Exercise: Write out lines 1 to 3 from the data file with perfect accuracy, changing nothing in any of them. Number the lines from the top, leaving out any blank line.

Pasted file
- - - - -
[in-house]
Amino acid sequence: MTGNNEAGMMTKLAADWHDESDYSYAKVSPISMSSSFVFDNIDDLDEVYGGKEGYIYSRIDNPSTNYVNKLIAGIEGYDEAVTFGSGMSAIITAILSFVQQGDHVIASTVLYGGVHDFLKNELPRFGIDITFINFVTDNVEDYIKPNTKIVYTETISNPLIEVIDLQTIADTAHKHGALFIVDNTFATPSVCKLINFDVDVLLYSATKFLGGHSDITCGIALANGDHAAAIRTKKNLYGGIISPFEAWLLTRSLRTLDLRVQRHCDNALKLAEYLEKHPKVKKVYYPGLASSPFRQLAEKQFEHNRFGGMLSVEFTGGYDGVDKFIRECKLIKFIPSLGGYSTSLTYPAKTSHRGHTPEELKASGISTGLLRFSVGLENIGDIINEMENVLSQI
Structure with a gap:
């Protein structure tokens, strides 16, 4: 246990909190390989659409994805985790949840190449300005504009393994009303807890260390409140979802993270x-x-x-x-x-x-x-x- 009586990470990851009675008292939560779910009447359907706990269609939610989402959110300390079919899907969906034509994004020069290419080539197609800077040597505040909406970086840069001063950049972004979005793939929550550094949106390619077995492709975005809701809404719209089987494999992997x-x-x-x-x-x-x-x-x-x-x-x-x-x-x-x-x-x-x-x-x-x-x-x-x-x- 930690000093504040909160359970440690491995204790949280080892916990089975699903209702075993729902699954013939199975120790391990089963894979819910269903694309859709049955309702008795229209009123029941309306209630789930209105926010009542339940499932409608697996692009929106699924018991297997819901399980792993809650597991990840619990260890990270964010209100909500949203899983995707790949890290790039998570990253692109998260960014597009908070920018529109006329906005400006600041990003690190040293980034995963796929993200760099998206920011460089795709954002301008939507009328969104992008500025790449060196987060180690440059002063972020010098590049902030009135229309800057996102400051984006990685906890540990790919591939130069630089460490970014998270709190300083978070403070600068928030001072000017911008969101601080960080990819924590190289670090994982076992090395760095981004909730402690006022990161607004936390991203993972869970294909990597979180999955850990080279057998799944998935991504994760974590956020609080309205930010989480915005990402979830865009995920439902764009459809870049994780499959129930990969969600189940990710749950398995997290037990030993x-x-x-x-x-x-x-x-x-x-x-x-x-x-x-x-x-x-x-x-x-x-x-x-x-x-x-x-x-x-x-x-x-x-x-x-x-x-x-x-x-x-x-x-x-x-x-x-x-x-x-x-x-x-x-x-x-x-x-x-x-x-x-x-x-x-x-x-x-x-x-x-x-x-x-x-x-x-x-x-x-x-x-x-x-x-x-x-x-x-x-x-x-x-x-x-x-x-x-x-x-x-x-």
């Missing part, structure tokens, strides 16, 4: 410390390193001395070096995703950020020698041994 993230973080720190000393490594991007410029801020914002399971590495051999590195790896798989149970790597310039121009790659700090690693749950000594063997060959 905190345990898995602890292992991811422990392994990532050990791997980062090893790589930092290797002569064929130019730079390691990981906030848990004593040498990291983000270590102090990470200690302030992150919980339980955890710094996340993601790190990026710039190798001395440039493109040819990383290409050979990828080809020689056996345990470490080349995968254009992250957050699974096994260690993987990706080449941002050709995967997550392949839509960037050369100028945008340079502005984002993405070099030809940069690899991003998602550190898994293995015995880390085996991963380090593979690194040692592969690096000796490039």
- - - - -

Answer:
[in-house]
Amino acid sequence: MTGNNEAGMMTKLAADWHDESDYSYAKVSPISMSSSFVFDNIDDLDEVYGGKEGYIYSRIDNPSTNYVNKLIAGIEGYDEAVTFGSGMSAIITAILSFVQQGDHVIASTVLYGGVHDFLKNELPRFGIDITFINFVTDNVEDYIKPNTKIVYTETISNPLIEVIDLQTIADTAHKHGALFIVDNTFATPSVCKLINFDVDVLLYSATKFLGGHSDITCGIALANGDHAAAIRTKKNLYGGIISPFEAWLLTRSLRTLDLRVQRHCDNALKLAEYLEKHPKVKKVYYPGLASSPFRQLAEKQFEHNRFGGMLSVEFTGGYDGVDKFIRECKLIKFIPSLGGYSTSLTYPAKTSHRGHTPEELKASGISTGLLRFSVGLENIGDIINEMENVLSQI
Structure with a gap: